There is a tendency to regard a high cost-of-living adjustment (COLA) increase in retirement as a “good thing.” On the surface, it is easy to see where this rationale takes root. High COLAs equal more dollars in your pension check. When isn’t more dollars in your pension check a good thing?
Like most questions we get, it isn’t as simple as that.
First, it is probably best to explain where COLAs come from.
How COLAs Are Calculated
Every year the Department of Labor will release the Consumer Price Index for Urban Wage Earnings and Clerical Workers, better known as the CPI-W. The CPI-W will determine how much your federal pension will increase from one year to the next in retirement. This isn’t the same as any pay raises you may receive as a federal employee, that is a whole different allowance by the federal government. When we speak of COLAs, we are talking about the annual percentage increase of your pension check. Some years it may be very high and other years it may be nothing. It just depends on how much inflation the economy is experiencing in any given year.
Now, if you are a CSRS retiree, the good news is that your COLA increases will match the CPI-W, whatever it is. If you are a FERS retiree, the bad news is your COLAs will NOT match the CPI-W if the CPI-W that year is over 2%.
Briefly, as a FERS retiree, if the CPI-W is under 2%, your COLA will match the CPI-W, whatever it is. If the CPI-W is between 2-3%, you will get a flat 2% COLA increase in your pension. If the CPI-W is over 3%, you will get the CPI-W amount minus 1%.
Bottom line, every time the CPI-W is over 2%, you are receiving less COLA than what inflation was for that year. Illustration below:
|3% or Higher||CPI-W||CPI-W – 1%|
|2% – 3%||CPI-W||2%|
Inflation and Reduced “Buying Power”
As I’m sure you’ve heard, inflation has reached unprecedented levels that most Americans haven’t experienced for the last 25 years or so. It is fortunate that federal retirees receive annual COLA increases on their pension as this is a benefit that is uncommon with private sector pensions. Yet as time wears on, and if our economy (even for a just a few years) sees higher than 2% inflation, your pension check will be losing more and more “buying power” as you progress through retirement. So, while you may get more “dollars” in your pension check during high inflation years, since you will not be matching the CPI-W on your COLA increases, the purchasing power that your pension check actually “provides” will greatly diminish over time.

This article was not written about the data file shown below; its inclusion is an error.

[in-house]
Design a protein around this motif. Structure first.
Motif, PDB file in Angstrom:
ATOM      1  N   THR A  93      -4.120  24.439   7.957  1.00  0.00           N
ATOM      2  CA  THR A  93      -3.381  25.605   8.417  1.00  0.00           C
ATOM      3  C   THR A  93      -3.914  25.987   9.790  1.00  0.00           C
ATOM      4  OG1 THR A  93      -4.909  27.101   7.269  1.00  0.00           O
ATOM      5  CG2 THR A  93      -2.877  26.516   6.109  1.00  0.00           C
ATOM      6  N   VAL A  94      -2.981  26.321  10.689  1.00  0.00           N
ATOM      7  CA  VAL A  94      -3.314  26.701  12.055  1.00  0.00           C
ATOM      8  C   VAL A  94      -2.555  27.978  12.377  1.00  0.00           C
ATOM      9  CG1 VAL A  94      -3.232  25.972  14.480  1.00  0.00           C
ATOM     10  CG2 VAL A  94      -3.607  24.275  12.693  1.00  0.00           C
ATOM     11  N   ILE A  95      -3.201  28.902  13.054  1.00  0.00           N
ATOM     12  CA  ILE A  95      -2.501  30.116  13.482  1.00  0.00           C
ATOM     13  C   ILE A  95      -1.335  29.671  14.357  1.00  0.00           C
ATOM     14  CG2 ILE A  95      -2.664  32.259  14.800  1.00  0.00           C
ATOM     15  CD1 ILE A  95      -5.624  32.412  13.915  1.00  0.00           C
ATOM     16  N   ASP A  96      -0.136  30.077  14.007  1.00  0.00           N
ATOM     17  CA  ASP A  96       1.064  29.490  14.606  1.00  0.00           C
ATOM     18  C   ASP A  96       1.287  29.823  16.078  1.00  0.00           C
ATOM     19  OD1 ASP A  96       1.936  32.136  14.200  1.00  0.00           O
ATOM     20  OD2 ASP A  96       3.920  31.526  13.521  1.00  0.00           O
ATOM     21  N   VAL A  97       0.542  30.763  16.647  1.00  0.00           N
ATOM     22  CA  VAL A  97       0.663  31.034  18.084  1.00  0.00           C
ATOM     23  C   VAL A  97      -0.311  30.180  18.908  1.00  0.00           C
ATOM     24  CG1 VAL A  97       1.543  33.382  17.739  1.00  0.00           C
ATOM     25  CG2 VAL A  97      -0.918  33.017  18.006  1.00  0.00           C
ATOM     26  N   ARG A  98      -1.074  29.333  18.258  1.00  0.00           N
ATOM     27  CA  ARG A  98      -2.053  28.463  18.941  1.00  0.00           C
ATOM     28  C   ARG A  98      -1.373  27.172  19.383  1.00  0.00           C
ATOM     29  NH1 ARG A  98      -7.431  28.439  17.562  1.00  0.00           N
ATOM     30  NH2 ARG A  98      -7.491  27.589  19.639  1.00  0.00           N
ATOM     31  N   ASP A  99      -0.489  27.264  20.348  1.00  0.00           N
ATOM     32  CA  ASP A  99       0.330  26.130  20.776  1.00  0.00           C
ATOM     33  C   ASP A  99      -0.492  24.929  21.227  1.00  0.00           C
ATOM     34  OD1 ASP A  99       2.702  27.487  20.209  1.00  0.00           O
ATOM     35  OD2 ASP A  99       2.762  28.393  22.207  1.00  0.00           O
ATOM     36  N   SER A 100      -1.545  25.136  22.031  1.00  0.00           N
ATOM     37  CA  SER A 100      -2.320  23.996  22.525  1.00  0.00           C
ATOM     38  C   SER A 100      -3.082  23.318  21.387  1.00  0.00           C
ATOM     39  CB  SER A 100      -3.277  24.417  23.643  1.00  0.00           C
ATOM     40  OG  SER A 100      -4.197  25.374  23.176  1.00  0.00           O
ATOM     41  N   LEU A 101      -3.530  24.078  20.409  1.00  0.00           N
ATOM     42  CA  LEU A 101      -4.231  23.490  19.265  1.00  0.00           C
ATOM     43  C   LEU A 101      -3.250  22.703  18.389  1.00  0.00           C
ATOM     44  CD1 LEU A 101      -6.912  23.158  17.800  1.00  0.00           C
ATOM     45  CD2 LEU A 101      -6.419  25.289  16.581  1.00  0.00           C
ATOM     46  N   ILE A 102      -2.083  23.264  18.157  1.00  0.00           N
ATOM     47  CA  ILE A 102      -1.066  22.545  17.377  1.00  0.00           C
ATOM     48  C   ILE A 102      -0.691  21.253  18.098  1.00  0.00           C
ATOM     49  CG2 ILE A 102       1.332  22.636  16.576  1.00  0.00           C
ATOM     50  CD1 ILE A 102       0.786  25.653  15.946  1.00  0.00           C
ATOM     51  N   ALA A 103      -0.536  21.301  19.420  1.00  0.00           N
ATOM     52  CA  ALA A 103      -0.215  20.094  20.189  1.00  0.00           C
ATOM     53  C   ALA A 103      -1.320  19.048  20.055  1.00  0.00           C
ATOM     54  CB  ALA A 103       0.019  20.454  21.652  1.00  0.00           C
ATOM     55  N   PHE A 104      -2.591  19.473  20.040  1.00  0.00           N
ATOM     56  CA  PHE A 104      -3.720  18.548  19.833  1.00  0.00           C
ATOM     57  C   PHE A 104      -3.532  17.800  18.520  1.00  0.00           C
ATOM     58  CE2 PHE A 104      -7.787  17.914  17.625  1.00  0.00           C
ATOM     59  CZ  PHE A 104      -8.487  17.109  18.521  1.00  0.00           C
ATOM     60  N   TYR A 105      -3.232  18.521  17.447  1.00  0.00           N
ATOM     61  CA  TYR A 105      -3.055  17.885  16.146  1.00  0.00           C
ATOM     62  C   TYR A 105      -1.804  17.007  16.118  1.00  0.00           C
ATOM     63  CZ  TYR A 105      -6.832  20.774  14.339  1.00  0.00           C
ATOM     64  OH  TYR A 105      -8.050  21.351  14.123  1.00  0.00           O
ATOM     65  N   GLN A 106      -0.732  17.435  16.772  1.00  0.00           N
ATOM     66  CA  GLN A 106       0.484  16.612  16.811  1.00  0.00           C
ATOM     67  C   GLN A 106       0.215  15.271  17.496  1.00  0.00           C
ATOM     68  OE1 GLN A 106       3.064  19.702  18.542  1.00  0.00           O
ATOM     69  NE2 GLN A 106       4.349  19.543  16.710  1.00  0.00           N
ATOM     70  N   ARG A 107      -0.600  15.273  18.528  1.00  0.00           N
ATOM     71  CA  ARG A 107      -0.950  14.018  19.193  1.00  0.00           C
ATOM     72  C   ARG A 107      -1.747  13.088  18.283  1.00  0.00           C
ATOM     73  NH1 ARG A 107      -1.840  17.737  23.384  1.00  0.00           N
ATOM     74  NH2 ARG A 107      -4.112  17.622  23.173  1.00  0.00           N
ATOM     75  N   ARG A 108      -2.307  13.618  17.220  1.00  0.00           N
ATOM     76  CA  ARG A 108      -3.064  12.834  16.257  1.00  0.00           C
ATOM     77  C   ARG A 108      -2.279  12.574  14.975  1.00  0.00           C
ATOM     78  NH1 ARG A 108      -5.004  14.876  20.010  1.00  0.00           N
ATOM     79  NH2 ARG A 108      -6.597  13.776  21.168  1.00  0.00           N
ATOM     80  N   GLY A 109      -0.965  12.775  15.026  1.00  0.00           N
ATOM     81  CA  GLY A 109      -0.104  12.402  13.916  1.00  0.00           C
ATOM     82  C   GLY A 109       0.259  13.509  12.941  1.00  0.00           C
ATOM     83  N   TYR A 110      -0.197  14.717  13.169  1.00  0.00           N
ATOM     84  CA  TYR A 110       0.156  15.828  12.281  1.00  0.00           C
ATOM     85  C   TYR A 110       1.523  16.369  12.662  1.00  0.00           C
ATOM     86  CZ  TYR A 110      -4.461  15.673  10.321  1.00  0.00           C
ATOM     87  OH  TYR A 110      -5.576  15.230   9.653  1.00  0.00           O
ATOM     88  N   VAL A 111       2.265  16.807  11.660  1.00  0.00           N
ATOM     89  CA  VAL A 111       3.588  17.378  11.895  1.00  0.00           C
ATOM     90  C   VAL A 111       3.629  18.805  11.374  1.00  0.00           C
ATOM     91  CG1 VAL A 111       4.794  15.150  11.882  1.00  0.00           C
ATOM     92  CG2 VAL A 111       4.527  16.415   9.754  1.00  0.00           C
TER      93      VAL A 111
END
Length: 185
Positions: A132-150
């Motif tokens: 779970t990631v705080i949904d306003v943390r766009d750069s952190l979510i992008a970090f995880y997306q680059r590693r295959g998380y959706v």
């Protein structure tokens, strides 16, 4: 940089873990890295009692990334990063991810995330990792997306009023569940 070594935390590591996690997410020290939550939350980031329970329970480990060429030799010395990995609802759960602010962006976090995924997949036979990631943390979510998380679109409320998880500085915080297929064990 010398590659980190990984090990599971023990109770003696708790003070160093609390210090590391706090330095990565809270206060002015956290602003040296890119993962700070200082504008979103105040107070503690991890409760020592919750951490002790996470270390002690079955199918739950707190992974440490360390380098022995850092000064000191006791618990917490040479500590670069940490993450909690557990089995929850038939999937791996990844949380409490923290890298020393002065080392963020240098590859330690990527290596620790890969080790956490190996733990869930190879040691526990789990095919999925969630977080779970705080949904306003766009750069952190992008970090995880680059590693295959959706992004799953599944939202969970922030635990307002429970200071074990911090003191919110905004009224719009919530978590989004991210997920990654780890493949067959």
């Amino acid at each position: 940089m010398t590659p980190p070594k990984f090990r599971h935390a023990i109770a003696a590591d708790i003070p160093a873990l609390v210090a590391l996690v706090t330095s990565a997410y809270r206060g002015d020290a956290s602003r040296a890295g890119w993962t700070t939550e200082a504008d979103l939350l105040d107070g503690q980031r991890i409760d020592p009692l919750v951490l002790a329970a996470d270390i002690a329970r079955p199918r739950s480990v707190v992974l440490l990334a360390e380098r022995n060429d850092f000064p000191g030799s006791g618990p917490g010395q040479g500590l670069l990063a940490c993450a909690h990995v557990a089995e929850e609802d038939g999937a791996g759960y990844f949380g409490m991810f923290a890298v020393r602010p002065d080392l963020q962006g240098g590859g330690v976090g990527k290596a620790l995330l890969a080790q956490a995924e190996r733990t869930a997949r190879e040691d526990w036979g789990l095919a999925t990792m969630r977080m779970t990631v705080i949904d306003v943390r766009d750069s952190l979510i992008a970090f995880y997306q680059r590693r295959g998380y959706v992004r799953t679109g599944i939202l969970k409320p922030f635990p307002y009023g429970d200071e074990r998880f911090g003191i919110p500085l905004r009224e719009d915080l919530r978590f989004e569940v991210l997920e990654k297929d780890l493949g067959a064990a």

Unfortunately for most FERS retirees in this predicament, their ability to earn more income in retirement is typically limited unless they take on another job after they leave federal service. Meaning, if we see several years of high inflation, it is very likely that you will need to augment your pension check with higher levels of your Thrift Savings Plan (TSP) assets than you may otherwise have been expecting just to make ends meet.
This unfortunate situation of higher inflation is further aggravated by the fact that your Traditional TSP assets are taxable as income upon liquidation. Since high inflation will also diminish the “buying power” of your TSP assets, you may be compelled to liquidate more of your TSP assets (and pay higher taxes) than you were planning to in retirement in order to just pay your monthly bills. This also says nothing of (likely) future tax increases that may be coming in ensuing years.
The Reality of High COLAs
So, here’s the real consequence of these high COLAs and high inflation. Those two things go hand in hand. High inflation coupled with higher-than-expected taxes and TSP liquidations can lead to a downward spiral of your assets in retirement if you do not properly plan and prepared for it.
While getting more “dollars” in your pension check is not a bad thing per se, it is important to note that every time the CPI-W (as a FERS retiree) is over 2%, you’re losing buying power. Hence, you will likely be compelled to take more money out of your Traditional TSP to make ends meet, which will then increase your tax liability, and very likely put you in a position where your TSP may not last as long as you were expecting or needing in retirement.